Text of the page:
There’s a lesson here, namely: It’s all about the lines, but not always. The Cards’ D-line has been a botch from the get-go. It could not have been worse had it been manned by the Backyadigans. But sometimes one line is all that’s needed to ensure a lifetime’s mediocrity, especially when the word from the Bidwills on high is that Joe Childress and Willis Crenshaw is a perfectly acceptable backfield tandem and that Edgerrin James in his Wile E. Coyote/legs-churning-furiously-in-midair phase is worth $9 million a year. In that case it doesn’t matter if Dan Dierdorf, Conrad Dobler, and Tom Banks are blocking. Anthony Munoz and Jonathan Ogden could pitch in and Tootie Robbins could be the H-back and they’d still average -3 per carry.

There are signs of a turnaround in the desert, but there are always signs in the desert. They’re mirages, or small voices of dissent crushed by a Buddy Ryan hitting town or an Aeneas Williams pulling out. It’s Tienamen Square, with Solomon Wilcotts as the sideline reporter.

No, we simply ought to consign ourselves to the reality that the Cardinals have always been bad and will always be bad. The perpetuation of the species depends on it. And there, at last, is the justification for King Hill.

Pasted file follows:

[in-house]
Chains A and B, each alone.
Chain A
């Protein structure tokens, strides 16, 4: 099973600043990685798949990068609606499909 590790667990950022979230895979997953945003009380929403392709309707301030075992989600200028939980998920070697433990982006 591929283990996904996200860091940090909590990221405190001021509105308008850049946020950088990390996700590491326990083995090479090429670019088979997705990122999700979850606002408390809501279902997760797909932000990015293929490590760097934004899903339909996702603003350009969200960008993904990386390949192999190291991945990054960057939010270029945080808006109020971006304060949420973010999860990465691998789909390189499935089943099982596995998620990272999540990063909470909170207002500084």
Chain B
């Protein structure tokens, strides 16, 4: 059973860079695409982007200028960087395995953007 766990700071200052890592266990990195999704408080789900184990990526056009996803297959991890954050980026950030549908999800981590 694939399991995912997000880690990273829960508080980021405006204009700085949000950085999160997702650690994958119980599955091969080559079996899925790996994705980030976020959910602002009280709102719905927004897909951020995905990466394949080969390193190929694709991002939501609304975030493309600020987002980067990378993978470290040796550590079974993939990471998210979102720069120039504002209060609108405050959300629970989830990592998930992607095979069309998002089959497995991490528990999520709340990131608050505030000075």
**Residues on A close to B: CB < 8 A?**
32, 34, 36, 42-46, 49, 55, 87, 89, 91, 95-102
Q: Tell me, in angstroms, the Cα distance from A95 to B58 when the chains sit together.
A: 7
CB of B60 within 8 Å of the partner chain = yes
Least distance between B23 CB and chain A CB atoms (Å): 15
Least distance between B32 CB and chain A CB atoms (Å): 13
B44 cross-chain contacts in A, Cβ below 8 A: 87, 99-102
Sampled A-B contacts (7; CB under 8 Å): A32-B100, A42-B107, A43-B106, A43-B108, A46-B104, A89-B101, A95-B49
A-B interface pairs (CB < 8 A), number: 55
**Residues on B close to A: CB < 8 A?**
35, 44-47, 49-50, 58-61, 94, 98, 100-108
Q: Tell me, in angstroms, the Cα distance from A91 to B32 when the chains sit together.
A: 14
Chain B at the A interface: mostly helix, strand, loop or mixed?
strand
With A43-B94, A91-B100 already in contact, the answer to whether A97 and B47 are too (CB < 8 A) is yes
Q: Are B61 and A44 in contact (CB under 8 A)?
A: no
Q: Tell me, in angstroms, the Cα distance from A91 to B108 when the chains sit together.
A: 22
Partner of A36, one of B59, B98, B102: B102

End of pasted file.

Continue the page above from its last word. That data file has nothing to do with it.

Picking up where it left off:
Wednesday, July 7, 2010

A Brief, Pointed Observation On Larry Wilson

Wilson is credited with inventing the safety blitz, but this is much less of an accomplishment when viewed from Wilson's practical perspective. If your front four was Don Brumm, Sam Silas, Joe Robb, and Chuck Walker, leaving only you and Dale Meinert to tackle anyone, you'd sure as hell crowd the line of scrimmage, too.

Tuesday, July 6, 2010

So Is It Nature Or Nurture, Harlon Hill?

So were the Bear quarterbacks so bad because they were throwing to Tom Waddle and Willard Dewveall, or were the Bear wide receivers so bad because Steve Walsh and Jack Concannon were doing the throwing?

The Bears' career-receiving-leaders list is a smorgasbord of mediocrity peppered with Brian Baschnagels and Marty Bookers, but part of that was by design. In the first NFL draft, while the rotten teams were drafting the Jay Berwangers of the world, George Halas drafted eight linemen; subsequently he perfected a devasting rushing offense.

Under Halas and the subsequent Halas-lite leadership, first-round draft choices have been spent on running backs, linemen and linebackers, with only the occasional nod to a wide receiver (c.f., the fast but perpetually disappointing Willie Gault).

Harlon Hill was the pinnacle of Bears wide-receivership from the '30s through the '80s, rivaled only by Johnny Morris for a couple of seasons. He was a genuine home-run threat who still ranks eighth all-time in yards per catch. That and three All-Pro nods won't get you into the Hall of Fame or even buy you a cup of coffee, but by Bears standards it puts you right at the top ... yelling at Sid Luckman to throw you the damn ball.